118. A core role of the Civil Service is to look beyond single Parliaments to the long-term. Its leadership must look beyond managing and controlling risks we already understand to systemic risks and uncertainty. The Civil Service value of impartiality implies a responsibility to provide advice about the longer term. Civil servants should not block or subvert ministerial decisions, but they should ensure their advice reflects a frank and honest assessment of the impact of ministers' decisions on the long-term aims of Government.

119. The Treasury acknowledges 'massive risks like banks collapsing' but has not absorbed the key lesson of the 2007-08 financial crash on the interconnectedness of financial uncertainty with wider uncertainty. This leaves the UK exposed to the risk of another adverse event on the same scale as the 2007-08 financial crash. Financial and economic risks are ever present but not included in the National Risk Register. The Treasury does not therefore consider financial risks alongside other, non-financial risks, such as pandemic flu. The division of responsibilities has changed but the Treasury retains its overall accountability for financial crises.

120. Resilience depends on informed challenge and putting in place sufficient resources to provide a buffer of redundant capacity. This is harder to justify at times of austerity but it is all the more essential to plan carefully if cuts are being made. Independent advice is key given that group-think contributed to the financial crisis: 'challenge' is not about contesting the authority of ministers, it is robust information and advice to help ministers make their decisions. There is not enough challenge to Government horizon scanning, either from external views or from nurturing dissenting voices within the Civil Service.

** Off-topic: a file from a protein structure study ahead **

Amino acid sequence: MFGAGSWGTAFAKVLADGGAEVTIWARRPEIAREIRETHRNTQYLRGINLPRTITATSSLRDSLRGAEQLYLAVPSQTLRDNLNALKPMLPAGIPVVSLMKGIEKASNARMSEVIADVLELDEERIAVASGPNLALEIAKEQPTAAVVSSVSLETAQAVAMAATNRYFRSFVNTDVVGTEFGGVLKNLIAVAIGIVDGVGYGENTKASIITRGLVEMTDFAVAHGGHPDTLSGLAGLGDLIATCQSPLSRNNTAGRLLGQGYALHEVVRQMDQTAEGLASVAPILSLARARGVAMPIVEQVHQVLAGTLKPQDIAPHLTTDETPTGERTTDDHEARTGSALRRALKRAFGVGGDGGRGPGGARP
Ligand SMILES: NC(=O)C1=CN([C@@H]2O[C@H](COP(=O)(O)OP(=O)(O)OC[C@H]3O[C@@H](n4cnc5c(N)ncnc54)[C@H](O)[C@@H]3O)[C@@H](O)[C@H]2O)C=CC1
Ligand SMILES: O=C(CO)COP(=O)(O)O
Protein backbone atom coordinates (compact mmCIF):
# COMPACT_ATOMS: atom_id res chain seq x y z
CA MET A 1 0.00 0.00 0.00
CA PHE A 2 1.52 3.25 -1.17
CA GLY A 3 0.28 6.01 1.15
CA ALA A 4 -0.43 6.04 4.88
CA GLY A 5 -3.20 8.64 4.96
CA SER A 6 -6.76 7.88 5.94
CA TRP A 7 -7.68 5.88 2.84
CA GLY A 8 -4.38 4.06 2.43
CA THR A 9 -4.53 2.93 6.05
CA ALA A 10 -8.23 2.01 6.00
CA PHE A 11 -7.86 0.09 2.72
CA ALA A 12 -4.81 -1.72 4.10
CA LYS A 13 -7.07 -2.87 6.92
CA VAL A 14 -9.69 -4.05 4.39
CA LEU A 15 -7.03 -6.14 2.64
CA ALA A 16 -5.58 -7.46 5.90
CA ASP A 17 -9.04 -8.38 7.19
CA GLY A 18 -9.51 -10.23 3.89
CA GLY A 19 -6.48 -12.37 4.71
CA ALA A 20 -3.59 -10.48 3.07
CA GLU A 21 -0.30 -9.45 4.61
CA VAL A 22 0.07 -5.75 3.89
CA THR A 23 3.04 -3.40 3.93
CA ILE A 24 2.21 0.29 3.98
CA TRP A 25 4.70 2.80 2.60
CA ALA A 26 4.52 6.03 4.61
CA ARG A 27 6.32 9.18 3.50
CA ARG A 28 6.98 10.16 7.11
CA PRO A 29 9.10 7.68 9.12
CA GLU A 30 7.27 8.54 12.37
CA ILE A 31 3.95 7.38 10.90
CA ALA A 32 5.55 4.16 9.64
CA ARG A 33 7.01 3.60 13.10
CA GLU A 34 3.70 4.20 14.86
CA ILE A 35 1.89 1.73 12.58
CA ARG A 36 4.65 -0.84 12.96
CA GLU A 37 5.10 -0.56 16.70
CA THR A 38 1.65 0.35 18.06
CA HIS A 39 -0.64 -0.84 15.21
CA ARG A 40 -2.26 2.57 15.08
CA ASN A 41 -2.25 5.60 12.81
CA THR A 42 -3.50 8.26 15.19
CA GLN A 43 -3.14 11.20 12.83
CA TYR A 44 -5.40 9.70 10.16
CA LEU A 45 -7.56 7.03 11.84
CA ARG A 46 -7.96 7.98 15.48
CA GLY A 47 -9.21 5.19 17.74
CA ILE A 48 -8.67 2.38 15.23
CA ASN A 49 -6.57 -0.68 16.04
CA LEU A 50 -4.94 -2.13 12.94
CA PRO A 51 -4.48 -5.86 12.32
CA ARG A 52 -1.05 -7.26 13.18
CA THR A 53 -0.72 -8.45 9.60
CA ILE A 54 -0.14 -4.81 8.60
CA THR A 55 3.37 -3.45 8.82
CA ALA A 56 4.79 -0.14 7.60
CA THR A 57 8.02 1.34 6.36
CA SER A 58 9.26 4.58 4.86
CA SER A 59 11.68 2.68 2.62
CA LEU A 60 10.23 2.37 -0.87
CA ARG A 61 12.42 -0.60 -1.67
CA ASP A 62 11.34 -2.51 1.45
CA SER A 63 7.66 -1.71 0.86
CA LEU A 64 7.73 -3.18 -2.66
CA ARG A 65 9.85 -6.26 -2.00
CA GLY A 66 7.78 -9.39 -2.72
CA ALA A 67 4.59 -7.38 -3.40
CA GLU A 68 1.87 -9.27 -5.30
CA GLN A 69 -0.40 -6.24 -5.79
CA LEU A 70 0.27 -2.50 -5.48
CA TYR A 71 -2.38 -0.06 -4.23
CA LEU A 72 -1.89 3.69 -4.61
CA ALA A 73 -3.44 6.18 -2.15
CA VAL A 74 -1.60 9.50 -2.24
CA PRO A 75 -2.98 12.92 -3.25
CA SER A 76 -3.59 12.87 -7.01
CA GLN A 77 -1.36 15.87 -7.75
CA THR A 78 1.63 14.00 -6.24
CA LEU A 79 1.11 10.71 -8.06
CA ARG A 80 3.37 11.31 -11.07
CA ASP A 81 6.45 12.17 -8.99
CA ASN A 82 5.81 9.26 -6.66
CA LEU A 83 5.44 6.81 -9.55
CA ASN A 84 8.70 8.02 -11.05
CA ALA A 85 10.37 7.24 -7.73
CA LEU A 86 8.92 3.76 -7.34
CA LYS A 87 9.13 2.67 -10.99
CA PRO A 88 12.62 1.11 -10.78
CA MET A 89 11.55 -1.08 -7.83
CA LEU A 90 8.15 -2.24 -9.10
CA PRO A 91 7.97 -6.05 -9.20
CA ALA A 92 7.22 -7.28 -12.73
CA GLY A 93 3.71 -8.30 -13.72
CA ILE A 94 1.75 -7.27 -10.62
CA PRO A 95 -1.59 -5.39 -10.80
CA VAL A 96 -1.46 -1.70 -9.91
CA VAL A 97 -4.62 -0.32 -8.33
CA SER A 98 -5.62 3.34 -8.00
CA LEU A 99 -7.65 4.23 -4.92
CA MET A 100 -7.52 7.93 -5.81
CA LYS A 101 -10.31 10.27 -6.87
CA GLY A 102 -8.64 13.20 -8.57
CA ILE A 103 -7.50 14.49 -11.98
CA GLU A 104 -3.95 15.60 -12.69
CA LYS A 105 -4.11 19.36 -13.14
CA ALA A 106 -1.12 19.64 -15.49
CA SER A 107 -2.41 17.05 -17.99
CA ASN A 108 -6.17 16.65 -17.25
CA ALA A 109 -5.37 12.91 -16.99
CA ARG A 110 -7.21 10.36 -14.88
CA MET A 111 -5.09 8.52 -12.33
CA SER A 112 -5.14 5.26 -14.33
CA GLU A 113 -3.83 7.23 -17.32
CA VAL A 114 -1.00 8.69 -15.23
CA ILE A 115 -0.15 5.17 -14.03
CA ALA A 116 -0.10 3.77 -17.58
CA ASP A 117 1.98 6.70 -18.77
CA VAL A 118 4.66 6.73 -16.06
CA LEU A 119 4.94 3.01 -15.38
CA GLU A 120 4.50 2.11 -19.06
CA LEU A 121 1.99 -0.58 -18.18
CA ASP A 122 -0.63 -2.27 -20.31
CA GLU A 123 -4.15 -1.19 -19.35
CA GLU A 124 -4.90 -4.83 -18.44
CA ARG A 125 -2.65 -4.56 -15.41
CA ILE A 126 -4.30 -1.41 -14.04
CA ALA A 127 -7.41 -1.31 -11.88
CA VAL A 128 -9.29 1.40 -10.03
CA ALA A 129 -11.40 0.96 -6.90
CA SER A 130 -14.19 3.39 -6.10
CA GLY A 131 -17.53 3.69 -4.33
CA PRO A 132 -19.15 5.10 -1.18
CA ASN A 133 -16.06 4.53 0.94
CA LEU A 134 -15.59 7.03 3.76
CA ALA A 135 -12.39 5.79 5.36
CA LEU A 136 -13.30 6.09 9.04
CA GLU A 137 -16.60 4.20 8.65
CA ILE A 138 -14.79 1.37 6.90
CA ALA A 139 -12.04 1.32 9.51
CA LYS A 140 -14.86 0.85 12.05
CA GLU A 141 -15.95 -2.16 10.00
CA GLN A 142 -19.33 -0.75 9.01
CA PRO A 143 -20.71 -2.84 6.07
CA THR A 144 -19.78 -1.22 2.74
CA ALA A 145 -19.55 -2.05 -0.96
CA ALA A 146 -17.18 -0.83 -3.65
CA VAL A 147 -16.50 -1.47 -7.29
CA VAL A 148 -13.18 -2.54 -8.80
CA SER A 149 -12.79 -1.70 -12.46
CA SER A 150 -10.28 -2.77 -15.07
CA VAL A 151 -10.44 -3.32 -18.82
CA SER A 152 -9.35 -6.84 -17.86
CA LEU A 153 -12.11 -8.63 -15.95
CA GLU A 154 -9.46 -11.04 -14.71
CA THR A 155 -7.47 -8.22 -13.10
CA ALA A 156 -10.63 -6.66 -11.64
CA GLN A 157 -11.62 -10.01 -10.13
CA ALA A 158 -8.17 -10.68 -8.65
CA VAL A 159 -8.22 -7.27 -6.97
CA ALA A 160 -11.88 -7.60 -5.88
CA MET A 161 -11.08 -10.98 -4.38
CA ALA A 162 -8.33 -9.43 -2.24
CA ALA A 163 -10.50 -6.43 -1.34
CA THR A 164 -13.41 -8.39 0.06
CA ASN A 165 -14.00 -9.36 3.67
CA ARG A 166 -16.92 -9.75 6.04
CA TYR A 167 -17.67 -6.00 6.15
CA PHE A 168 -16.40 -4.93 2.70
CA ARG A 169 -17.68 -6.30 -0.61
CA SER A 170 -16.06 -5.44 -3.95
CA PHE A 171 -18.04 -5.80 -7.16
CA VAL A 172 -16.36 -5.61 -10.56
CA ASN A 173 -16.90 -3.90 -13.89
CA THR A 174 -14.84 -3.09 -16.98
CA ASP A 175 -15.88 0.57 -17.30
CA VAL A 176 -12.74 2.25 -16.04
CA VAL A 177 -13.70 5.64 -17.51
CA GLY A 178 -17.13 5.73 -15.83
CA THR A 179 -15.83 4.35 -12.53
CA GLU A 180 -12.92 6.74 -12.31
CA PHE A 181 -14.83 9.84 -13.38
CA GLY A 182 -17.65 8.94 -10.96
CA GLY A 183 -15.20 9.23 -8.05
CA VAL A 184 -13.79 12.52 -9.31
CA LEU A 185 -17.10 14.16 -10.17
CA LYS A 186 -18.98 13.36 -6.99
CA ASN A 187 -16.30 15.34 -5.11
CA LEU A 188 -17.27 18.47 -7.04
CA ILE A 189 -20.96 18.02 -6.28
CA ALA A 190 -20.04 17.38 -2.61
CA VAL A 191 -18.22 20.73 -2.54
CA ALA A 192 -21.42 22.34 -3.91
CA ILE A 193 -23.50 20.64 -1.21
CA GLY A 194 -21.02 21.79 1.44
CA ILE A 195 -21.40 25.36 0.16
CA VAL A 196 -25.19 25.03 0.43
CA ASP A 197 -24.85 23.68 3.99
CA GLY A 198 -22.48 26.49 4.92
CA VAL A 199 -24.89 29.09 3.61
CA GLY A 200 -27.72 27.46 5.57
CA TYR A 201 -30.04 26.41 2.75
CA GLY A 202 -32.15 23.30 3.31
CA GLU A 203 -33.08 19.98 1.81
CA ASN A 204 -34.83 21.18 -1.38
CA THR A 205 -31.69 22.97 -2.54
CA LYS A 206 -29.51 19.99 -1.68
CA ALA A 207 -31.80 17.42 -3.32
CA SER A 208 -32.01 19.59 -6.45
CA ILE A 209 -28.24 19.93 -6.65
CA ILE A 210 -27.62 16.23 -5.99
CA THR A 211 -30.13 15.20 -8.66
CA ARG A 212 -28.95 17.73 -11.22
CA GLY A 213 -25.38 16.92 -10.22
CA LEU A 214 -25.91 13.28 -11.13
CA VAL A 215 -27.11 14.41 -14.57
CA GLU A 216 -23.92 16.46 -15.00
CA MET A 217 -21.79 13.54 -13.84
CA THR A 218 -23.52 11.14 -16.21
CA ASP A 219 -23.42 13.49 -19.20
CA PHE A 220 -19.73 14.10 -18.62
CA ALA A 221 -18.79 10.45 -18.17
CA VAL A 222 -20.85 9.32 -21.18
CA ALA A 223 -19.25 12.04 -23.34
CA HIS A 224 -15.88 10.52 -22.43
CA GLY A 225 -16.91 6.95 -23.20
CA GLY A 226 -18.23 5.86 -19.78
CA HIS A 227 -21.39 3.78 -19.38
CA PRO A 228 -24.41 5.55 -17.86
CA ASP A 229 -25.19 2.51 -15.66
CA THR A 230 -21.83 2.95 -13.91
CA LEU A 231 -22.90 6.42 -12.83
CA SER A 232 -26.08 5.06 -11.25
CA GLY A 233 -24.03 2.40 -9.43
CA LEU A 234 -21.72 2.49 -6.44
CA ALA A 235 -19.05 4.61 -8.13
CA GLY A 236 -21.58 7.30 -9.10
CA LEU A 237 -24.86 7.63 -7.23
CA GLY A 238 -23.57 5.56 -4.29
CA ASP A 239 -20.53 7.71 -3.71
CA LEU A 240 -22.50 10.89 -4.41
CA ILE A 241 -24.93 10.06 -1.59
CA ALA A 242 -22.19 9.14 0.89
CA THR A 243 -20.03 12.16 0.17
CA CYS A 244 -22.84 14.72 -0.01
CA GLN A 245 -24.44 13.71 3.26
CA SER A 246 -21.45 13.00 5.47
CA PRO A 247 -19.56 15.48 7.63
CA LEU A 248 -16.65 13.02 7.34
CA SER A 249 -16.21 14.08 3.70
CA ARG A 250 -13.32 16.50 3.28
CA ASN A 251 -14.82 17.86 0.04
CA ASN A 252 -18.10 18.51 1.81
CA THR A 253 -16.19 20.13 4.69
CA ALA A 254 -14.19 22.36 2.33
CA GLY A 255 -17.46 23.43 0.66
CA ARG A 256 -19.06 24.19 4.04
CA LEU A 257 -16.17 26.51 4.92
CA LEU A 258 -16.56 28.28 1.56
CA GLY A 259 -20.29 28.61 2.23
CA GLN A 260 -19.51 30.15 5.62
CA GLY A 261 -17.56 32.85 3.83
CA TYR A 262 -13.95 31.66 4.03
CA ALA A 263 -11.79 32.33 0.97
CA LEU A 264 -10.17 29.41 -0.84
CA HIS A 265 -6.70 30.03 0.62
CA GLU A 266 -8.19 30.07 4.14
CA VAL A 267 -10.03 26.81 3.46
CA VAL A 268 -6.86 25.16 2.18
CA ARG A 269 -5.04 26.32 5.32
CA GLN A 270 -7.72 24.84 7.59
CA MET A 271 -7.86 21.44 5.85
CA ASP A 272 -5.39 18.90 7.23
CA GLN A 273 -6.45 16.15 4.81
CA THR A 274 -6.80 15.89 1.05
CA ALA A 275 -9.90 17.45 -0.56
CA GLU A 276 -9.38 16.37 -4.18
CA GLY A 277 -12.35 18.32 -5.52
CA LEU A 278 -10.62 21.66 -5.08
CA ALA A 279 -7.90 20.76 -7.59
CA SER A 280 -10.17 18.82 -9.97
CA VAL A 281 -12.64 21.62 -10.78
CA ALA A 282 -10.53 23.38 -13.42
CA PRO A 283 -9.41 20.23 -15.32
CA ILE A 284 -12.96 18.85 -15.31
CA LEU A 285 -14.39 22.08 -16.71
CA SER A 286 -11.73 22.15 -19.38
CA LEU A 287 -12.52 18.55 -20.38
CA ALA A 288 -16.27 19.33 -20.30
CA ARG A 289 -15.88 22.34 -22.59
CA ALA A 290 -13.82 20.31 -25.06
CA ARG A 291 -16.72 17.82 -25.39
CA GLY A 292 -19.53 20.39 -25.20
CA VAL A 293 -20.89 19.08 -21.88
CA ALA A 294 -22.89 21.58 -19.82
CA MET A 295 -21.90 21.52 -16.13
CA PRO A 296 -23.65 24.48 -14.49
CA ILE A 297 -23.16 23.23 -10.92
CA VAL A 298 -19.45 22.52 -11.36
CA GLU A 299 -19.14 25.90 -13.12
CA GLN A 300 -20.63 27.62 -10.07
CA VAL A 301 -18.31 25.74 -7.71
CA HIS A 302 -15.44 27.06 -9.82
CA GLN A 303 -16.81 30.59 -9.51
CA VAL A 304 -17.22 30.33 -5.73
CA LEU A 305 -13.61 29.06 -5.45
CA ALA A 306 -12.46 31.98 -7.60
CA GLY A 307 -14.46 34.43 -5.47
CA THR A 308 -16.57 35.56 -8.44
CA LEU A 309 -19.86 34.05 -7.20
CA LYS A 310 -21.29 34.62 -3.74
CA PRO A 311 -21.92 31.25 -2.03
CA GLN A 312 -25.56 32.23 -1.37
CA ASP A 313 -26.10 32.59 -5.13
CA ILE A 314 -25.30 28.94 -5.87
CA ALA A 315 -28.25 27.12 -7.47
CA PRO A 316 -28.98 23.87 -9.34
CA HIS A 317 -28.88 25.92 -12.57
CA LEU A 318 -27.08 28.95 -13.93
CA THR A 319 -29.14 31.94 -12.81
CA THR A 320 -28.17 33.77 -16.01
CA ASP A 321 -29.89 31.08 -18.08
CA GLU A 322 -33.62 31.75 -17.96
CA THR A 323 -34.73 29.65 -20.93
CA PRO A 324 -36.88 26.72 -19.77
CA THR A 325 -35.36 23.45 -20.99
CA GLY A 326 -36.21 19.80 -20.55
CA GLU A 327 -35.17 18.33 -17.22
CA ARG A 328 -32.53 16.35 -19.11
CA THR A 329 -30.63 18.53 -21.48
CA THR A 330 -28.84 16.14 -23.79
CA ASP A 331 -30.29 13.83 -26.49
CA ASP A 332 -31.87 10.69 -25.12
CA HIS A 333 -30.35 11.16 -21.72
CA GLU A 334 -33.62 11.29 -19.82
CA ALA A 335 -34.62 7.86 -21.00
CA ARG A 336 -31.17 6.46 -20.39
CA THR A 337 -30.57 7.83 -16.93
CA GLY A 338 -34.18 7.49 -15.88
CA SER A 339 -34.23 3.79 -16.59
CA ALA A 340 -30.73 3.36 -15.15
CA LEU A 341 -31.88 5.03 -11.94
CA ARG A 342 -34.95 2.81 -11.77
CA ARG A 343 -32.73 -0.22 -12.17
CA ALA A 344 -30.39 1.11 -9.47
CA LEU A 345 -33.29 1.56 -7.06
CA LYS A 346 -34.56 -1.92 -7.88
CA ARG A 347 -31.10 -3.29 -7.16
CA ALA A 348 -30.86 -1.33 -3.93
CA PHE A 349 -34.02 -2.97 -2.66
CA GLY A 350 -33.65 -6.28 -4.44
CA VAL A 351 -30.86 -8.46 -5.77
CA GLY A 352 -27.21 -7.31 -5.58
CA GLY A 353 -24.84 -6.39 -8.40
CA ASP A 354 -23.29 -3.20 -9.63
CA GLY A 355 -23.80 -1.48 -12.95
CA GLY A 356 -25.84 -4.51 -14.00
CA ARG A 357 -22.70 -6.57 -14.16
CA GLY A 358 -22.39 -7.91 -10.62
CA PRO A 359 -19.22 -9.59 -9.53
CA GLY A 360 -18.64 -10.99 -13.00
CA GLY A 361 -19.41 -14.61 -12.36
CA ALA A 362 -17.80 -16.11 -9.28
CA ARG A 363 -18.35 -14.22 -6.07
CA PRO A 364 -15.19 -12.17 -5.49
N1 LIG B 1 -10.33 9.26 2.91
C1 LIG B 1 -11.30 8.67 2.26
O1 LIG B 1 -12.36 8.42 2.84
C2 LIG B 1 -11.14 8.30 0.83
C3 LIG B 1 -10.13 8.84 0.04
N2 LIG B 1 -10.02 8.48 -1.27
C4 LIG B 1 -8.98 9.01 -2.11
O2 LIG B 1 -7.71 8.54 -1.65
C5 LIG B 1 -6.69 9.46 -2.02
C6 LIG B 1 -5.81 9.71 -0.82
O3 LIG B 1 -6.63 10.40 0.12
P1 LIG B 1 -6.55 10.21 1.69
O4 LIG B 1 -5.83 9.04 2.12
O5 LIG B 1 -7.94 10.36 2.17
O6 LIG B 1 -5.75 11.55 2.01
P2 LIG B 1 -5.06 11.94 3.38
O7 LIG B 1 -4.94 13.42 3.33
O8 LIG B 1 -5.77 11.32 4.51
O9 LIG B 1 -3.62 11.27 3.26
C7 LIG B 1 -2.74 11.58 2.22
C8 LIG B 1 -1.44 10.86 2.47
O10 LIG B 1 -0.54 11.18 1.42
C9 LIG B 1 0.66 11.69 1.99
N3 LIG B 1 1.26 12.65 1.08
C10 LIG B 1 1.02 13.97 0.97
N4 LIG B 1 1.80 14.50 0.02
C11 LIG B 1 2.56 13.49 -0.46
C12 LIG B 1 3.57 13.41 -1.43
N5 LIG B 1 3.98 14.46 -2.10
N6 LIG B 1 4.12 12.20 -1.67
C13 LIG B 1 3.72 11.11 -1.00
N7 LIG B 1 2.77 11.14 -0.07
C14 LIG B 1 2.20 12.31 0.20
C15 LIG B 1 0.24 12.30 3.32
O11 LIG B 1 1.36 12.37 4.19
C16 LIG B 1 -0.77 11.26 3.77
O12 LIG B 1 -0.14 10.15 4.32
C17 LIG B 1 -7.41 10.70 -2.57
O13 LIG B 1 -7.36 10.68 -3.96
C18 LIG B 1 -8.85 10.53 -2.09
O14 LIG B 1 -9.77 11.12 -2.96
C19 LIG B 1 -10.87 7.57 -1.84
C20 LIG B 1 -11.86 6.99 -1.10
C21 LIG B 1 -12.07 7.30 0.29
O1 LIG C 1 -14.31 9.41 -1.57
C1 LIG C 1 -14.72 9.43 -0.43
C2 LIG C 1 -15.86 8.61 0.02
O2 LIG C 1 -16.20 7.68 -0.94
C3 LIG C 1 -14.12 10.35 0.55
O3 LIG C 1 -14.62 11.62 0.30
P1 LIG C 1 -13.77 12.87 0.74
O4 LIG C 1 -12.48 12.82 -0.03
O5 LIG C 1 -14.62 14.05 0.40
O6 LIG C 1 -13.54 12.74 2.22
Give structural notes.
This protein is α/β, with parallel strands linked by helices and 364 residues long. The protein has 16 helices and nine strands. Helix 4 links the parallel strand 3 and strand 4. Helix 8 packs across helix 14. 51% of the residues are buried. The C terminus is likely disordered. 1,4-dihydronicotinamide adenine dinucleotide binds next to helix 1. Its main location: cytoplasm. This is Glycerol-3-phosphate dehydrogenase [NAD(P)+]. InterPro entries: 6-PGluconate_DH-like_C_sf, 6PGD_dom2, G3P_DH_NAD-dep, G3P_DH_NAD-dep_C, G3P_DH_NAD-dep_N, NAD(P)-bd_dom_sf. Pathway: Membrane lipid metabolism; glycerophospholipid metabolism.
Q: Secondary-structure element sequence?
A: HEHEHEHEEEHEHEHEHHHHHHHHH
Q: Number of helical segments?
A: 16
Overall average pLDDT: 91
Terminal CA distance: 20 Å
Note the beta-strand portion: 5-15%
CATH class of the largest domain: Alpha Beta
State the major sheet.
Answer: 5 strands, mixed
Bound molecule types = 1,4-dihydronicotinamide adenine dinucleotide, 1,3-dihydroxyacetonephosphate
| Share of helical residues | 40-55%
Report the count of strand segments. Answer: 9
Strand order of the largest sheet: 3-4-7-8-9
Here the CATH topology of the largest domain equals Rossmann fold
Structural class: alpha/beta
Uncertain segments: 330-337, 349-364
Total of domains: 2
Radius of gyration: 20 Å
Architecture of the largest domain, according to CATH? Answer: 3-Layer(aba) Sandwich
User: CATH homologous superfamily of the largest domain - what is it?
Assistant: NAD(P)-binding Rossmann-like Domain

226   Oxford Martin School, Now for the Long Term: The Report of the Oxford Martin Commission for Future Generations, October 2013 Back

227   World Economic Forum, Global Risks 2014, January 2014 Back

228   'Systemic risk', London School of Economics Systemic Risk Centre, undated Back

229   Preface, The Butterfly Defect, 2014 Back

230   Q 152 Back

231   National Audit Office, Forecasting in government to achieve value for money, HC 969, January 2014 Back

232   HM Treasury, Review of quality assurance of Government analytical models: Interim Report, December 2012, and HM Treasury, Review of quality assurance of government models: final report, March 2013 Back

233   As above Back

234   Q 205 Back

235   Q 130 Back

236   Q 210 Back

237   Cabinet Office, Review of cross-government horizon scanning, January 2013 Back

238   Institute for Government, Accountability at the top, December 2013 Back

239   'Francis Maude attacks civil service over job document', BBC News, 7 July 2014 Back

240   Public Administration Select Committee, Twenty-Fourth Report of Session 2010-12, Strategic thinking in Government: without National Strategy, can viable Government strategy emerge?, HC 1625, April 2012 Back

241   Government Response to the Twenty Fourth Report of the Public Administration Select Committee, Strategic thinking in Government: without National Strategy, can viable Government strategy emerge?, Session 2010-12, HC 1625 Back